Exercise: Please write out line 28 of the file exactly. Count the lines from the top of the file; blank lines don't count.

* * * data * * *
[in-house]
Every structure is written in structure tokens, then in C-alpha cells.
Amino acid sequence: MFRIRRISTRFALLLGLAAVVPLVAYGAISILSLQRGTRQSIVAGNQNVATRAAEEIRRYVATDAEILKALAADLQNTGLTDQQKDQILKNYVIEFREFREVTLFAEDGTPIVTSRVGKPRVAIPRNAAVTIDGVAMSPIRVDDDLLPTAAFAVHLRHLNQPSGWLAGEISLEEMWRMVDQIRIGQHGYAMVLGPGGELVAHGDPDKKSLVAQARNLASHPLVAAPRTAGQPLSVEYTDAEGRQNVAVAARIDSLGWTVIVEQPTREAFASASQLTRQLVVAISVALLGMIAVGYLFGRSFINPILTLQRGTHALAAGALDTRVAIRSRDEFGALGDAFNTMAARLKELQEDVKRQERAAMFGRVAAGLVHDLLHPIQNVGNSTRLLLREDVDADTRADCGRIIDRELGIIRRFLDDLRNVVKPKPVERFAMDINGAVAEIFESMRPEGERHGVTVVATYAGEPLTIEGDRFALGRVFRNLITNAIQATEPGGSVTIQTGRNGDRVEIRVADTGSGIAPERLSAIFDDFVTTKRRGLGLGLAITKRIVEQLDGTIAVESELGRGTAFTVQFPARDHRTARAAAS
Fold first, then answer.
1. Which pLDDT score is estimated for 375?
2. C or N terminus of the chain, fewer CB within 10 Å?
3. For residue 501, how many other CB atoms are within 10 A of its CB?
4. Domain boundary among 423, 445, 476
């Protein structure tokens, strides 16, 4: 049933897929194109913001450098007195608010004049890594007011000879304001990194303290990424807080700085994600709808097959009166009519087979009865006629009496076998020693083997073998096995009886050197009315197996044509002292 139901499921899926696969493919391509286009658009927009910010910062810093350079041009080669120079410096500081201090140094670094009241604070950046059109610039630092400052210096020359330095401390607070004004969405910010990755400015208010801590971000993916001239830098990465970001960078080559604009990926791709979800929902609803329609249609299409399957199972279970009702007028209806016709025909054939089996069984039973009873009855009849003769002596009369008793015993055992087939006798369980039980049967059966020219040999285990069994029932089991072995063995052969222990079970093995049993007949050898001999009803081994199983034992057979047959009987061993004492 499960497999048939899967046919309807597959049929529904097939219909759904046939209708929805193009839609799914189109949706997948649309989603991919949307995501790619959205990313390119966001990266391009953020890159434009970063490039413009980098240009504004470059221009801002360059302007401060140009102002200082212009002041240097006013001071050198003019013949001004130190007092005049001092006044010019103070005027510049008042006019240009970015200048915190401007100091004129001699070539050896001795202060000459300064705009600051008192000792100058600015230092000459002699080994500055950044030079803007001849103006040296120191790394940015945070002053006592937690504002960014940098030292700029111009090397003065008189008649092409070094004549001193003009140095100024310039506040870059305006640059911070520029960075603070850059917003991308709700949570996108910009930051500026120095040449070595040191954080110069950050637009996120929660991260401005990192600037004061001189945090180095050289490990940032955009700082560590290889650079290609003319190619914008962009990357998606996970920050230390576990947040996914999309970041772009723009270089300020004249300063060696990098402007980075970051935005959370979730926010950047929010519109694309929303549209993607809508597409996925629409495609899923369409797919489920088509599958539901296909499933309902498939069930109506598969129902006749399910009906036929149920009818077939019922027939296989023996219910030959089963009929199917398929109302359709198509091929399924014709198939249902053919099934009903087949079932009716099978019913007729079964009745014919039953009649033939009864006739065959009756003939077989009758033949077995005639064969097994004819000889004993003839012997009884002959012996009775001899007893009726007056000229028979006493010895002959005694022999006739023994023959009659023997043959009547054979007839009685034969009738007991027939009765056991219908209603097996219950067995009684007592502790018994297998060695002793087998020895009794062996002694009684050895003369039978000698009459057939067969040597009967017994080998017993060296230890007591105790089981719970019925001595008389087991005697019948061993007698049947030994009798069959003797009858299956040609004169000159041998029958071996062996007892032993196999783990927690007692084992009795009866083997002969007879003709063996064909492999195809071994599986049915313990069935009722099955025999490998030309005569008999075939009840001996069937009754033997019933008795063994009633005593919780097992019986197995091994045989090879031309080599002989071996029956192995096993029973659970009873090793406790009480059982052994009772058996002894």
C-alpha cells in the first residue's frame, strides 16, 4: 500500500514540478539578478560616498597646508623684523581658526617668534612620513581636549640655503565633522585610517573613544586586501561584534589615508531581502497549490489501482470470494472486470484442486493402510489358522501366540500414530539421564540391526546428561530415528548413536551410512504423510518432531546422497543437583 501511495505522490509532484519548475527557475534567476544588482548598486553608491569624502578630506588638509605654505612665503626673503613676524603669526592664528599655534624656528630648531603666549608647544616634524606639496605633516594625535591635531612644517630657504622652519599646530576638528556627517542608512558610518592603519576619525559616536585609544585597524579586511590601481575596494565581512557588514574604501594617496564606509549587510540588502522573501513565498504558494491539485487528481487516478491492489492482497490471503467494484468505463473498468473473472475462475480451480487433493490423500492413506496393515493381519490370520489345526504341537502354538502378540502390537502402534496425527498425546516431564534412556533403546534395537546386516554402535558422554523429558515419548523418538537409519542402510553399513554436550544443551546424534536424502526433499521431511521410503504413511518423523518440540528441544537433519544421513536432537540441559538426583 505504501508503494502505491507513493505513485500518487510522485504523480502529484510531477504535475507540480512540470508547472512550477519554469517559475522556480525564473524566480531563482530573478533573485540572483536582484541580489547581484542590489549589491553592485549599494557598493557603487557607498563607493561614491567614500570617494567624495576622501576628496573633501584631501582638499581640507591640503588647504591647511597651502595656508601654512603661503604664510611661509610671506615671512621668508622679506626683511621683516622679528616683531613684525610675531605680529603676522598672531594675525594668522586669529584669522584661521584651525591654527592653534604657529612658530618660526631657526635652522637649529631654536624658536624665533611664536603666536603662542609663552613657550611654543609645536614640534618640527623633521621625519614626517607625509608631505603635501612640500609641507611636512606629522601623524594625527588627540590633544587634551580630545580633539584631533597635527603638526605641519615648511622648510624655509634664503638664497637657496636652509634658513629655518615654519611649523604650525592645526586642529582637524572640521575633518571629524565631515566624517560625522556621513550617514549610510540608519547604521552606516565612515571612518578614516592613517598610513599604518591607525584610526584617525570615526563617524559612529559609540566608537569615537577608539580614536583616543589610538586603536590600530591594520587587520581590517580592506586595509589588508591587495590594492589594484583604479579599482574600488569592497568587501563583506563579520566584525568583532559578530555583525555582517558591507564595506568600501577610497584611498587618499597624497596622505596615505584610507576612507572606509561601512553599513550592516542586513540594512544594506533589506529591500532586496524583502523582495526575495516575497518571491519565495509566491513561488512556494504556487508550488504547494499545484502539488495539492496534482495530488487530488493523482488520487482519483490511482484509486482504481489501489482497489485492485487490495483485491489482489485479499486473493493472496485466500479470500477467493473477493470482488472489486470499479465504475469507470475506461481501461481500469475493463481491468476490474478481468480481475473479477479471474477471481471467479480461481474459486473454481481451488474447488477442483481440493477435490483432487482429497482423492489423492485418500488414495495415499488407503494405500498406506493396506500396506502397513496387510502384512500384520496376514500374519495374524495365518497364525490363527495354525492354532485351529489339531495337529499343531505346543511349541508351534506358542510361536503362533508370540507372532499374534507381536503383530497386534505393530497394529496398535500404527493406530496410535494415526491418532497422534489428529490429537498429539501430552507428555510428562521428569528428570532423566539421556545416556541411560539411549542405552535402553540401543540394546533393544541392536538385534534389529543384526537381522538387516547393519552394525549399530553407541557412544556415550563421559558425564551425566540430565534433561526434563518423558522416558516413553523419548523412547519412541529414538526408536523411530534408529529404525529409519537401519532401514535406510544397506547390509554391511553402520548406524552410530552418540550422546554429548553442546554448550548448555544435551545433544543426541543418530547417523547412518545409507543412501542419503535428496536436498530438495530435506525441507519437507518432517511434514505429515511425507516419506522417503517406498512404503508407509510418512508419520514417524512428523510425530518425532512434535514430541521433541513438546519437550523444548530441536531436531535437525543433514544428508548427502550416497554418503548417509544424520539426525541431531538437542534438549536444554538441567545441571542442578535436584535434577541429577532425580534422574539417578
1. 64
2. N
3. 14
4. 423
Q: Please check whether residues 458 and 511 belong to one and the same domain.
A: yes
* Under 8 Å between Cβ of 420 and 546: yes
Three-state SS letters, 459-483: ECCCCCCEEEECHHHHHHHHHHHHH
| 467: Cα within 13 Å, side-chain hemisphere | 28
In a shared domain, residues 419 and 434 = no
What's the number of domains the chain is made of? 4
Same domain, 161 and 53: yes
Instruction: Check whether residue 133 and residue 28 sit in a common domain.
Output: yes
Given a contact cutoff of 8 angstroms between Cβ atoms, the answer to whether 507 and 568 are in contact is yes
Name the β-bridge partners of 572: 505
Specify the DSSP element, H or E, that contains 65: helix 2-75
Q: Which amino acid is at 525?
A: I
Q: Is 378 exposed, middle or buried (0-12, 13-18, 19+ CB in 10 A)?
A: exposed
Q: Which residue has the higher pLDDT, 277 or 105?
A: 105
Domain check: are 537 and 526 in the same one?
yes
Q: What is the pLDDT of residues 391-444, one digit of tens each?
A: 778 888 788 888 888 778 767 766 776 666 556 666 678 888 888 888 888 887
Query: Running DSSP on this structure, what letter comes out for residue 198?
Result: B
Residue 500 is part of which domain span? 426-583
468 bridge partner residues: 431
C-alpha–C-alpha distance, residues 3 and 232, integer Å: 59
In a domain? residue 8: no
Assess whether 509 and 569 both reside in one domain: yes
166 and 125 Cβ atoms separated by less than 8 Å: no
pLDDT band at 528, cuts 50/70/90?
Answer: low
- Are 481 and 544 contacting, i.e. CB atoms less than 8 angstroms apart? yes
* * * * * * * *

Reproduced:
Q: Which amino acid is at 525?